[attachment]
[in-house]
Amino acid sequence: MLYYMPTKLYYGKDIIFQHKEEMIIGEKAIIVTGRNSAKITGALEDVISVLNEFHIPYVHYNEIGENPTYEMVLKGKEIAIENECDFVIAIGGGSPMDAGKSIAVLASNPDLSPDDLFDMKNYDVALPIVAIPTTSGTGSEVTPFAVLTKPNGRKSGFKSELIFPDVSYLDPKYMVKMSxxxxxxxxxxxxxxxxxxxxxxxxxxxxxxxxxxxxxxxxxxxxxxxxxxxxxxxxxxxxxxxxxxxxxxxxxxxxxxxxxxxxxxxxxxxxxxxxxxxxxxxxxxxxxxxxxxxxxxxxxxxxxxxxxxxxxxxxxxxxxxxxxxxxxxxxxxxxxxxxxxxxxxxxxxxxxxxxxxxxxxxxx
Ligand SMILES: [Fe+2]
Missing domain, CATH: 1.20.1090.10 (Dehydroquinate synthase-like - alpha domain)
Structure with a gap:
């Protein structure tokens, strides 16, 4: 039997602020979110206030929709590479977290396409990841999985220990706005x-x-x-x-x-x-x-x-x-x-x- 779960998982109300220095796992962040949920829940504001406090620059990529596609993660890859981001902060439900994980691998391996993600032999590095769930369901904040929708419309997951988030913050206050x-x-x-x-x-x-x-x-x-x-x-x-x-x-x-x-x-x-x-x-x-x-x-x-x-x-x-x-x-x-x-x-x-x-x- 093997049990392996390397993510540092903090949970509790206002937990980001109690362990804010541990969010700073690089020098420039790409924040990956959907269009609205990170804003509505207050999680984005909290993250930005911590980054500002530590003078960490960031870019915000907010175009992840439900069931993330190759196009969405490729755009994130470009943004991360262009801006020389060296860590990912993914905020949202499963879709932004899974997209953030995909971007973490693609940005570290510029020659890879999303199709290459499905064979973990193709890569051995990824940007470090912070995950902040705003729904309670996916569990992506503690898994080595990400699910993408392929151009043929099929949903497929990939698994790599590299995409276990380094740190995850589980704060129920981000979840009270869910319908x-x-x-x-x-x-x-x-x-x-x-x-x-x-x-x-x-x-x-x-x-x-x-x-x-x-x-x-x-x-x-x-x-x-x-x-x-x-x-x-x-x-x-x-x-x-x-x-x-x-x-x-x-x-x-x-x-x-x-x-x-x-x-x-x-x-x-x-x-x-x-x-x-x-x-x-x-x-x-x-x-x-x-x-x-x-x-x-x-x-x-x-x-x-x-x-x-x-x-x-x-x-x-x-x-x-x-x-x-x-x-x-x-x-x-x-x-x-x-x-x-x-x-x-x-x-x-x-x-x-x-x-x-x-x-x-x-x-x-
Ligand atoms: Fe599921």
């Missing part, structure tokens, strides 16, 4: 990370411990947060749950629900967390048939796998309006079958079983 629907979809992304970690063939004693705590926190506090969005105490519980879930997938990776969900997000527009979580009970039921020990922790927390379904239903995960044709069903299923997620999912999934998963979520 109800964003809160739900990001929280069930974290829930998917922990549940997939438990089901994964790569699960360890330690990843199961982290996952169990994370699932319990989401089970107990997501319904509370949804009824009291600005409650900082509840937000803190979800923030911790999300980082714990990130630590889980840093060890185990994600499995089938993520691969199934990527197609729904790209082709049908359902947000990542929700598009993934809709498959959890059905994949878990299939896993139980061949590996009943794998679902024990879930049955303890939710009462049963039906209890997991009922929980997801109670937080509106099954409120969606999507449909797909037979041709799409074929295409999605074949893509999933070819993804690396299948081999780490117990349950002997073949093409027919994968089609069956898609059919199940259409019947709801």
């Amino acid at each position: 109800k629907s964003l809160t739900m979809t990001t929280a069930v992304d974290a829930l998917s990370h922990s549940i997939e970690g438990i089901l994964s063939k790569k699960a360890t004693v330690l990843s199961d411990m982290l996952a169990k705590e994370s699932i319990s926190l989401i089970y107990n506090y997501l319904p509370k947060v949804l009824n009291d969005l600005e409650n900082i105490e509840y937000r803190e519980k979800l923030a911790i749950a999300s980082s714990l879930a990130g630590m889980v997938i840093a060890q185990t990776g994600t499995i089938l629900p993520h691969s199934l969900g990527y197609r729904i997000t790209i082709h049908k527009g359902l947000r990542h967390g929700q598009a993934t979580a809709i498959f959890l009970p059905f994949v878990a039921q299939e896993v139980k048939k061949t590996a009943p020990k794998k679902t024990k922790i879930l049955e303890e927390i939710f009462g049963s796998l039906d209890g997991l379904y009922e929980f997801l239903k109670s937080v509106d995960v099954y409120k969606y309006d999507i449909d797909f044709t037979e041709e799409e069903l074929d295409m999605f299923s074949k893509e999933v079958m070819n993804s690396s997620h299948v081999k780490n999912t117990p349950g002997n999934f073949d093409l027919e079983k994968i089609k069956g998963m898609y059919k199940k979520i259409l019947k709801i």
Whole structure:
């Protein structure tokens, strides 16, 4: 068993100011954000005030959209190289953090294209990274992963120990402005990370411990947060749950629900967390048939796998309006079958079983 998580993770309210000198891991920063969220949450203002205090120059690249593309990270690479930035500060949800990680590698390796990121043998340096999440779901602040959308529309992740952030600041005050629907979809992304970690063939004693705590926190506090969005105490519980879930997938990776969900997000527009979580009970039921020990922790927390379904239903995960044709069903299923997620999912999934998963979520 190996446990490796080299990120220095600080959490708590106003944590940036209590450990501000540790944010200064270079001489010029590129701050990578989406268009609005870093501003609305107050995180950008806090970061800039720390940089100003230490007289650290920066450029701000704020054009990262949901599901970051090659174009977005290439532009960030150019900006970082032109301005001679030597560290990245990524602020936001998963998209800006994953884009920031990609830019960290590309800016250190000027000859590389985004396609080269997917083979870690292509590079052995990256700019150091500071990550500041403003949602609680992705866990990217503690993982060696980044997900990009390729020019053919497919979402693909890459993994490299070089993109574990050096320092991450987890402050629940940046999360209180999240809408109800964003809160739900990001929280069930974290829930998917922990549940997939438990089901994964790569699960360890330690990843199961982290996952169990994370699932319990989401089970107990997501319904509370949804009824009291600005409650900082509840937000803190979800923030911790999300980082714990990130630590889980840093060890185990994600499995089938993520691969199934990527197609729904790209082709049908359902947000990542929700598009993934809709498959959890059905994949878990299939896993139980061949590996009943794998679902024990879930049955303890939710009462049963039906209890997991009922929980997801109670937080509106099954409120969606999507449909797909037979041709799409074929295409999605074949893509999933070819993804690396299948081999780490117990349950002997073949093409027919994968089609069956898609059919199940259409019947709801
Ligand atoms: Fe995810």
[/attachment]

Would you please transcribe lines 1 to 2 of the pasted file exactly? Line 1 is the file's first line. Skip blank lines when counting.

[in-house]
Amino acid sequence: MLYYMPTKLYYGKDIIFQHKEEMIIGEKAIIVTGRNSAKITGALEDVISVLNEFHIPYVHYNEIGENPTYEMVLKGKEIAIENECDFVIAIGGGSPMDAGKSIAVLASNPDLSPDDLFDMKNYDVALPIVAIPTTSGTGSEVTPFAVLTKPNGRKSGFKSELIFPDVSYLDPKYMVKMSxxxxxxxxxxxxxxxxxxxxxxxxxxxxxxxxxxxxxxxxxxxxxxxxxxxxxxxxxxxxxxxxxxxxxxxxxxxxxxxxxxxxxxxxxxxxxxxxxxxxxxxxxxxxxxxxxxxxxxxxxxxxxxxxxxxxxxxxxxxxxxxxxxxxxxxxxxxxxxxxxxxxxxxxxxxxxxxxxxxxxxxxx